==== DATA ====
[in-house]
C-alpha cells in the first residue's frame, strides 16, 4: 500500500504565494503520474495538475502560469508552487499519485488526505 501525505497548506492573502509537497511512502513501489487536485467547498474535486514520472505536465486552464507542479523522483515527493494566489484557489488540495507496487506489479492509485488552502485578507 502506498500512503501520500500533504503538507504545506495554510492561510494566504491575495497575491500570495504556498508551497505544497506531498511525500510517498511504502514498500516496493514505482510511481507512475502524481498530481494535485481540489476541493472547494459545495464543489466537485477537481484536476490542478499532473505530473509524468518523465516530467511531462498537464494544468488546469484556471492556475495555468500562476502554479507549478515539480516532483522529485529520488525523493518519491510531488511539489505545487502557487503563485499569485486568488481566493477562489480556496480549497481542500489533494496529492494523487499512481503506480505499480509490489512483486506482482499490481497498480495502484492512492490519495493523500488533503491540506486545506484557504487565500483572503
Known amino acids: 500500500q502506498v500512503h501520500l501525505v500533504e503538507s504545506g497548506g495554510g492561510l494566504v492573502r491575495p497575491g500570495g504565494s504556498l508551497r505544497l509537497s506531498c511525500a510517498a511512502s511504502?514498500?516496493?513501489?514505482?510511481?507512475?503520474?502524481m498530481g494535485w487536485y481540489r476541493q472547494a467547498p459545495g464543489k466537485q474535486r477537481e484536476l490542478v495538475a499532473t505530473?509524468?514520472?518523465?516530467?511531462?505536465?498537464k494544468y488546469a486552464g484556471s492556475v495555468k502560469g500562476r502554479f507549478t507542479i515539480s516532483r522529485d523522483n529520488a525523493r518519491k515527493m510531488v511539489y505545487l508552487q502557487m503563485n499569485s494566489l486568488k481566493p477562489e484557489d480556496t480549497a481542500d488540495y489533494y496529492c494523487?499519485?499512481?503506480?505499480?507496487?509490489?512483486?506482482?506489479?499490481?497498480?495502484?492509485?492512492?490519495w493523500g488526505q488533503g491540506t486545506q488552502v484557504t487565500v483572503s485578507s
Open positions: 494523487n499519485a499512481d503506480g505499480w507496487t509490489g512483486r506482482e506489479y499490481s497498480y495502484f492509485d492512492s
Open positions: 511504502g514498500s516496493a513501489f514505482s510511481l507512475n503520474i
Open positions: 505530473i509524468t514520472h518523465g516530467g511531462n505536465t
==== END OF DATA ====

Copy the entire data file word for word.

[in-house]
C-alpha cells in the first residue's frame, strides 16, 4: 500500500504565494503520474495538475502560469508552487499519485488526505 501525505497548506492573502509537497511512502513501489487536485467547498474535486514520472505536465486552464507542479523522483515527493494566489484557489488540495507496487506489479492509485488552502485578507 502506498500512503501520500500533504503538507504545506495554510492561510494566504491575495497575491500570495504556498508551497505544497506531498511525500510517498511504502514498500516496493514505482510511481507512475502524481498530481494535485481540489476541493472547494459545495464543489466537485477537481484536476490542478499532473505530473509524468518523465516530467511531462498537464494544468488546469484556471492556475495555468500562476502554479507549478515539480516532483522529485529520488525523493518519491510531488511539489505545487502557487503563485499569485486568488481566493477562489480556496480549497481542500489533494496529492494523487499512481503506480505499480509490489512483486506482482499490481497498480495502484492512492490519495493523500488533503491540506486545506484557504487565500483572503
Known amino acids: 500500500q502506498v500512503h501520500l501525505v500533504e503538507s504545506g497548506g495554510g492561510l494566504v492573502r491575495p497575491g500570495g504565494s504556498l508551497r505544497l509537497s506531498c511525500a510517498a511512502s511504502?514498500?516496493?513501489?514505482?510511481?507512475?503520474?502524481m498530481g494535485w487536485y481540489r476541493q472547494a467547498p459545495g464543489k466537485q474535486r477537481e484536476l490542478v495538475a499532473t505530473?509524468?514520472?518523465?516530467?511531462?505536465?498537464k494544468y488546469a486552464g484556471s492556475v495555468k502560469g500562476r502554479f507549478t507542479i515539480s516532483r522529485d523522483n529520488a525523493r518519491k515527493m510531488v511539489y505545487l508552487q502557487m503563485n499569485s494566489l486568488k481566493p477562489e484557489d480556496t480549497a481542500d488540495y489533494y496529492c494523487?499519485?499512481?503506480?505499480?507496487?509490489?512483486?506482482?506489479?499490481?497498480?495502484?492509485?492512492?490519495w493523500g488526505q488533503g491540506t486545506q488552502v484557504t487565500v483572503s485578507s
Open positions: 494523487n499519485a499512481d503506480g505499480w507496487t509490489g512483486r506482482e506489479y499490481s497498480y495502484f492509485d492512492s
Open positions: 511504502g514498500s516496493a513501489f514505482s510511481l507512475n503520474i
Open positions: 505530473i509524468t514520472h518523465g516530467g511531462n505536465t